On 2012/11/11 0:47, jballanc (Joshua Ballanco) wrote:
>
> Issue #7241 has been updated by jballanc (Joshua Ballanco).
>
>
> =begin
> Clojure has a function (({into})) that might fit the bill.

This indeed looks very promising.

> An equivalent Ruby implementation might look something like the following:
>
>      class Hash
>        alias :<<  :merge!
>      end

I might be wrong, but my guess is that constructing lots of 
one-key/value hashes isn't very efficient. Two-element arrays should be 
quite a bit more efficient. So we could define this as follows (in the 
end in C, but here just in Ruby):

class Hash
   def << (other)
     case other.class
     when Array
       store(other[0], other[1])
     when Hash
       merge! other
     end
     self
   end
end

(some additional tweaks may be needed for Array-like and Hash-like objects).


>      module Enumerable
>        def into(coll)
>          coll = coll.dup
>          each do |elem|
>            coll<<  yield(elem)
>          end
>          coll
>        end
>      end
>
>      chars = (97..107).into({}) { |i| { i =>  i.chr } }
>      p chars
>
>      require 'prime'
>      prime_chars = chars.into([]) { |k, v| k.prime? ? v : nil }
>      p prime_chars.compact

It would be great to have a version that avoided "compact". Or maybe 
only that version would be okay? This would use "concat" instead of 
merge! (with Hash#concat an alias for Hash#merge!). Because neither 
Hashes nor Strings can be nested, there would actually not be any 
difference for those, but for Array, the preceeding code could be 
simplified to:

       require 'prime'
       prime_chars = chars.into___([]) { |k, v| k.prime? ? [v] : [] }

I often want a "collect" method where I'm not forced to collect exactly 
one item per item of the original collection. If collect weren't an 
alias to map, I think it would even make a lot of sense to use the word 
"collect" for this (map: one-to-one, collect: one-to-many).

Regards,    Martin.


>      char_string = chars.into("") { |k, v| "#{k}=>#{v}, " }
>      p char_string
> =end
>
> ----------------------------------------
> Feature #7241: Enumerable#to_h proposal
> https://bugs.ruby-lang.org/issues/7241#change-32755
>
> Author: nathan.f77 (Nathan Broadbent)
> Status: Rejected
> Priority: Normal
> Assignee:
> Category: core
> Target version:
>
>
> I often use the `inject` method to build a hash, but I always find it annoying when I need to return the hash at the end of the block.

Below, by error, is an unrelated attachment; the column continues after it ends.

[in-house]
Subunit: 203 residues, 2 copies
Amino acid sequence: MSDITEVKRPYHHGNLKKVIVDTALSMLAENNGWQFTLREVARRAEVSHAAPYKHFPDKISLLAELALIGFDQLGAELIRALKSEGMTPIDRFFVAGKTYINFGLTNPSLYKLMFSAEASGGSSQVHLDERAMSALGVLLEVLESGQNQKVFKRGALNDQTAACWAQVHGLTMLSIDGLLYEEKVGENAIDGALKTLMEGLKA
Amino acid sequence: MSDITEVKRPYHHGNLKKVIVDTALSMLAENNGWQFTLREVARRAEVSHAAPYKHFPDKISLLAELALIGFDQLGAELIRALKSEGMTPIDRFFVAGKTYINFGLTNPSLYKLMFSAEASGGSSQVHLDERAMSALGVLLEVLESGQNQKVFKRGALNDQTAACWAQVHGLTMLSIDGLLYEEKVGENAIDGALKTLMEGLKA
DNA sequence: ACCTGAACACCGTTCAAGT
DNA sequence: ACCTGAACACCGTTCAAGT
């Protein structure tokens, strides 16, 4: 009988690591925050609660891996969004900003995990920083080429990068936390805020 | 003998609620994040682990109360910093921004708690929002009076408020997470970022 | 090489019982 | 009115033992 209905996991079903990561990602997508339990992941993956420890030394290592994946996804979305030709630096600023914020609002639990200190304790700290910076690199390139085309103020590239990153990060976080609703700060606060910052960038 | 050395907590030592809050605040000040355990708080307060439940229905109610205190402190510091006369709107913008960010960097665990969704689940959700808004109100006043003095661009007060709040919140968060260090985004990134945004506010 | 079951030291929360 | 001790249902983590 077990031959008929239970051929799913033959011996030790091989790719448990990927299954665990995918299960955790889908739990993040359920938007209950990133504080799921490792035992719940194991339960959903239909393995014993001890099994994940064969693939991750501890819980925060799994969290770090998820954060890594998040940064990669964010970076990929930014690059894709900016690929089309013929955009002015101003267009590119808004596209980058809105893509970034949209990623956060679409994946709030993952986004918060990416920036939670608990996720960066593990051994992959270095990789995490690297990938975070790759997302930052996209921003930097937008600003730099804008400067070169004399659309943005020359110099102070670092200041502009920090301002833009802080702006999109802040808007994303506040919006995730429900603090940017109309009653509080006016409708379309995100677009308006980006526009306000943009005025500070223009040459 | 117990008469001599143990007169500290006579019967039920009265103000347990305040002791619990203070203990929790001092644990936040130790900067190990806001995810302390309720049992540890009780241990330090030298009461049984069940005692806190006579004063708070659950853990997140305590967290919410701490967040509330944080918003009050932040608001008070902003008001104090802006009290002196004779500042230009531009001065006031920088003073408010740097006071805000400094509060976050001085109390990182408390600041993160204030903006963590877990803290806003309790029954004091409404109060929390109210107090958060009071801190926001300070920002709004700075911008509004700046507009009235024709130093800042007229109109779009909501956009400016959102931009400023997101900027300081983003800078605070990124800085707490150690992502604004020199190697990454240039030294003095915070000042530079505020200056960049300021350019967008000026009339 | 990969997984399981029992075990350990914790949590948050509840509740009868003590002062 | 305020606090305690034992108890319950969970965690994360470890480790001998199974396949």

> This means that I often write code like:
>
>      [1,2,3,4,5].inject({}) {|hash, el| hash[el] = el * 2; hash }
>
> I'm proposing an `Enumerable#to_h` method that would let me write:
>
>      [1,2,3,4,5].to_h {|h, el| h[el] = el * 2 }
>
>
> I saw the proposal at http://bugs.ruby-lang.org/issues/666, but I would not be in favor of his implementation.
> I believe the implementation should be similar to `inject`, so that the hash object and next element are passed to the block. The main difference to the `inject` method is that we would be modifying the hash in place, instead of relying on the block's return value.
>
> As well as providing support for the case above, I have also considered other cases where the `to_h` method would be useful.
> I thought it would be useful if symmetry were provided for the `Hash#to_a` method, such that:
>
>      hash.to_a.to_h == hash  # =>  true
>
> (See example 2)
>
>
> I've allowed developers to provide a symbol instead of a block, so that each element in the collection will be passed to that named method. (See example 3)
>
> Finally, hashes can be given a default value, or a Proc that returns the default value. (See examples 4&  5)
>
>
> Heres an example implementation that I would be happy to rewrite in C if necessary:
>
>
>      module Enumerable
>        def to_h(default_or_sym = nil)
>          if block_given?
>            hash = if Proc === default_or_sym
>              Hash.new(&default_or_sym)
>            else
>              Hash.new(default_or_sym)
>            end
>            self.each do |el|
>              yield hash, el
>            end
>          elsif !default_or_sym.nil?
>            hash = {}
>            self.each do |el|
>              hash[el] = el.send(default_or_sym)
>            end
>          else
>            return Hash[*self.to_a.flatten(1)]
>          end
>          hash
>        end
>      end
>
>
> Examples
> ----------------------------------------------
>
>
> # 1) Build a hash from array elements
>
>      [1,2,3,4,5].to_h {|h, el| h[el] = el * 2 }
>
> =>  {1=>2, 2=>4, 3=>6, 4=>8, 5=>10}
>
>
> # 2) Provides symmetry for Hash.to_a (i.e. you can call hash.to_a.to_h)
>
>      [[1, 2], [3, 4], [5, 6]].to_h
>
> =>  {1=>2, 3=>4, 5=>6}
>
>
> # 3) Build a hash by calling a method on each array element
>
>      ["String", "Another String"].to_h(:size)
>
> =>  {"String"=>6, "Another String"=>14}
>
>
> # 4) Hash with default value
>
>      [4,5,6,5].to_h(0) {|h, el| h[el] += el }
>
> =>  {4=>4, 5=>10, 6=>6}
>
>
> # 5) Hash with default value returned from Proc
>
>      default_proc = ->  hash, key { hash[key] = "go fish: #{key}" }
>      [4,5,6].to_h(default_proc) {|h, el| h[el].upcase! }
>
> =>  {4=>"GO FISH: 4", 5=>"GO FISH: 5", 6=>"GO FISH: 6"}
>
>
>
> Thanks for your time, and please let me know your thoughts!
>
>
> Best,
> Nathan Broadbent
>
>